If you ask me about my right ear, I do plan to get a CI for it, but not until my left ear is ready to stand on its own. It's still improving every day.

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  • 2 weeks later...

My wake up call was: I was in sales and had to do a lot of negotiating and contracts dealsI lost a deal that I shouldn’t have I had a very understandings sales Vice President who also wore hearing  aids as I did at the time and he suggested to me about seeing a audiologists that specializes in Cochlear Implants and see if I qualify which I did.I qualified. Best decision I’ve ever made next to going bilateral.

I

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It's an interesting experience. It must be scary to lose your hearing when your work and hobbies depend directly on it. I have always wondered if a hearing aid gives you the range of hearing frequencies that you have or can give you?

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Reading these posts I realize they are me. I have been hesitating for some time, but I think I'm ready now. I've been tested by AUD who big surprise found me deaf. Next step is meeting surgeon next week. This forum and the one for AB are so very helpful.

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@EvaD

Wishing you the very best!  If you have any questions, feel free to ask.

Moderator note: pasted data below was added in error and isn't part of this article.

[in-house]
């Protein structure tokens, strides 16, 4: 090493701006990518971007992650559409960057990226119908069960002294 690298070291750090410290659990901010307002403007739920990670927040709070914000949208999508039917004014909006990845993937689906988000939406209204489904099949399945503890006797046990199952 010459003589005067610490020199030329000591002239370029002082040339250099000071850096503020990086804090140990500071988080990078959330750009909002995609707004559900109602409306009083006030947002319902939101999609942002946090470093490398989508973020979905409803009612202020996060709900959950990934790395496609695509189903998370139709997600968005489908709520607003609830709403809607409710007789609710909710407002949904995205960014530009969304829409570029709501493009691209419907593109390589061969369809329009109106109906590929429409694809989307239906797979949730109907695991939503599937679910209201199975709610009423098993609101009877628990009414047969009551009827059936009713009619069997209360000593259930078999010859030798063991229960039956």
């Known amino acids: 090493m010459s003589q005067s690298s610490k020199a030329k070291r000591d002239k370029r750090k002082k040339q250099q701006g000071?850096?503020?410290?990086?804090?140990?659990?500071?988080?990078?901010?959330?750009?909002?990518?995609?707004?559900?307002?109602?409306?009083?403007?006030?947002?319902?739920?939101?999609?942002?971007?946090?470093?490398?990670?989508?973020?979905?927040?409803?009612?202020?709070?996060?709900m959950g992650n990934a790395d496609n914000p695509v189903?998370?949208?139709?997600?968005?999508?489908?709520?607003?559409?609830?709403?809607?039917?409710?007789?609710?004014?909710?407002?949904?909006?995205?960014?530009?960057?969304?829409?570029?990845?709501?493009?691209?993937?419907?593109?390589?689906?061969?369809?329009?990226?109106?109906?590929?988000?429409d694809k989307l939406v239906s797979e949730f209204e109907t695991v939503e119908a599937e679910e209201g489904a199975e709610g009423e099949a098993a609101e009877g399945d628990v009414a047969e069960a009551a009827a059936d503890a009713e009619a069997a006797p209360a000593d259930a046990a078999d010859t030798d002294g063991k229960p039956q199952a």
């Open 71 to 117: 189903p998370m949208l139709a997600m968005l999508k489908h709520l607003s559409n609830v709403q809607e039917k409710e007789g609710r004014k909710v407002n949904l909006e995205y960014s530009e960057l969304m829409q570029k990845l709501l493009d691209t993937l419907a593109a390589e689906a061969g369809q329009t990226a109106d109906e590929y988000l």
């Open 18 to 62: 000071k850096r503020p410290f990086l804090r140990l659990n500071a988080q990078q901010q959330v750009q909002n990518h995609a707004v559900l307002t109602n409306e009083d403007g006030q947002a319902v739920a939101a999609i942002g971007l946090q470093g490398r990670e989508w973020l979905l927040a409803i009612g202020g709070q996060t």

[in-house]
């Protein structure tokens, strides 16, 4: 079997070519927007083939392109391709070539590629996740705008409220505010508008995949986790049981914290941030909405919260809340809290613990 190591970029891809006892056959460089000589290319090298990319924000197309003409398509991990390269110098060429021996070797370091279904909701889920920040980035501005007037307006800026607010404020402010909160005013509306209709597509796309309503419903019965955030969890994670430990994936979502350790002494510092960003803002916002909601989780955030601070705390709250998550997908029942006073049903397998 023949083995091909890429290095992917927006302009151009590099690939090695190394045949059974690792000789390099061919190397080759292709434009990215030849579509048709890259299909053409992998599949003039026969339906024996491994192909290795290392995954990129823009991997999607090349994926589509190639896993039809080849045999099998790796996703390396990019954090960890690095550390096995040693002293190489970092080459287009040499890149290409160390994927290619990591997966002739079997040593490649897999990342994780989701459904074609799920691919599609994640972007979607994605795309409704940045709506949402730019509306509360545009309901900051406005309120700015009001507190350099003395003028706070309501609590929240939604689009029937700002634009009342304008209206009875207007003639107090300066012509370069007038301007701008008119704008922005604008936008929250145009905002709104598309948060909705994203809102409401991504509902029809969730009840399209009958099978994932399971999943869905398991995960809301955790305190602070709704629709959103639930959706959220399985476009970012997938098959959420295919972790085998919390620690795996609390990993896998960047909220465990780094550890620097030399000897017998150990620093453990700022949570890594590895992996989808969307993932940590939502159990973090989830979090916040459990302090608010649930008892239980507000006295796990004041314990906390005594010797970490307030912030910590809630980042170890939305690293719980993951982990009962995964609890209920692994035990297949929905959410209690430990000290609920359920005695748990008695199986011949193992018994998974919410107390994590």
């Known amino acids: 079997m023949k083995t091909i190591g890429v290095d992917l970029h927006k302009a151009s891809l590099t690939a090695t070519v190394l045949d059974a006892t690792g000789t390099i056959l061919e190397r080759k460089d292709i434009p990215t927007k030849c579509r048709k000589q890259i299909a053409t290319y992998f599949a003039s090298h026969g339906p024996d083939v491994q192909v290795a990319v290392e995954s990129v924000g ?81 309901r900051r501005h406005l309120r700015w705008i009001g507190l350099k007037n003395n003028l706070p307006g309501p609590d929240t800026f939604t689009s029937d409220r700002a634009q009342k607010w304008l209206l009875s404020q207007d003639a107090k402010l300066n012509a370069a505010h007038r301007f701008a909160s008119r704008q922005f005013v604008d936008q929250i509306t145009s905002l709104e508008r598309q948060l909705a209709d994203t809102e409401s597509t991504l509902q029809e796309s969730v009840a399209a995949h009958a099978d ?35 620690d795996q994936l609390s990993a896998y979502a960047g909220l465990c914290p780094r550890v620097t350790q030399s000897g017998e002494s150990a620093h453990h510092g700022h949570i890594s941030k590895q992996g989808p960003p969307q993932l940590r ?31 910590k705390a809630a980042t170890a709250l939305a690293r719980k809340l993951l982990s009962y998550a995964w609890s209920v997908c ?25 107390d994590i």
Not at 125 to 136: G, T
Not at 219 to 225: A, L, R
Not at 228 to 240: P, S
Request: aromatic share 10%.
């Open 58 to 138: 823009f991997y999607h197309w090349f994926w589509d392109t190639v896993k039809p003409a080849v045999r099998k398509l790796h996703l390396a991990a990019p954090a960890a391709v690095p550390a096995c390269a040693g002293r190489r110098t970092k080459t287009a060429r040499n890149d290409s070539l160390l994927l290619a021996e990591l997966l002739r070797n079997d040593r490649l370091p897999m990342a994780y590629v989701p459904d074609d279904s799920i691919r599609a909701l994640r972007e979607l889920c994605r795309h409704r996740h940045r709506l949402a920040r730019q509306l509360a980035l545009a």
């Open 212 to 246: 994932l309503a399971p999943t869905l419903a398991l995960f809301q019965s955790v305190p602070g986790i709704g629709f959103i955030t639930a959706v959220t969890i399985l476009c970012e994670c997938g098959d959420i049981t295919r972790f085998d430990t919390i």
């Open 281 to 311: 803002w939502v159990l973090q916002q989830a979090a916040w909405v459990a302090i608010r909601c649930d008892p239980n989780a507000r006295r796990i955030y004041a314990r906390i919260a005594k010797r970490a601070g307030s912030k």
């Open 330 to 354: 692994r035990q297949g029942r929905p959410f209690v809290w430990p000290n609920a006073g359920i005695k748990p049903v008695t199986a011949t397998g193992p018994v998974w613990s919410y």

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I was considered a candidate almost 3 years ago, but was scared to do it...worried about everything sounding robotic, losing my sense of taste, the surgery in general. I own a dance studio and teach 12 hours a week...music is so important to me both at work and outside of work...I have been unable to talk on the phone, etc. Over the past 6 months I could no longer hear my little dance students, and then eventually I could not hear adults either...social events on top of the business were too much...I finally decided my inability to hear people/words and music was more scary than the procedure and recovery...they were able to preserve my residual hearing in both ears...had a someone from Med El (from Austria) attend the surgery to demonstrate/oversee a new insertion technique...had a Med El rep at my activation appointment today too...was just activated an hour ago...bilateral...my typing sounds like bells, everything is so loud...the wind sounds like fire engine sirens (that I have not heard in years)...voices sound like I had read they would...tinny, high pitched, chipmunks, etc...I am loving every moment of it so far...feeling oh so grateful.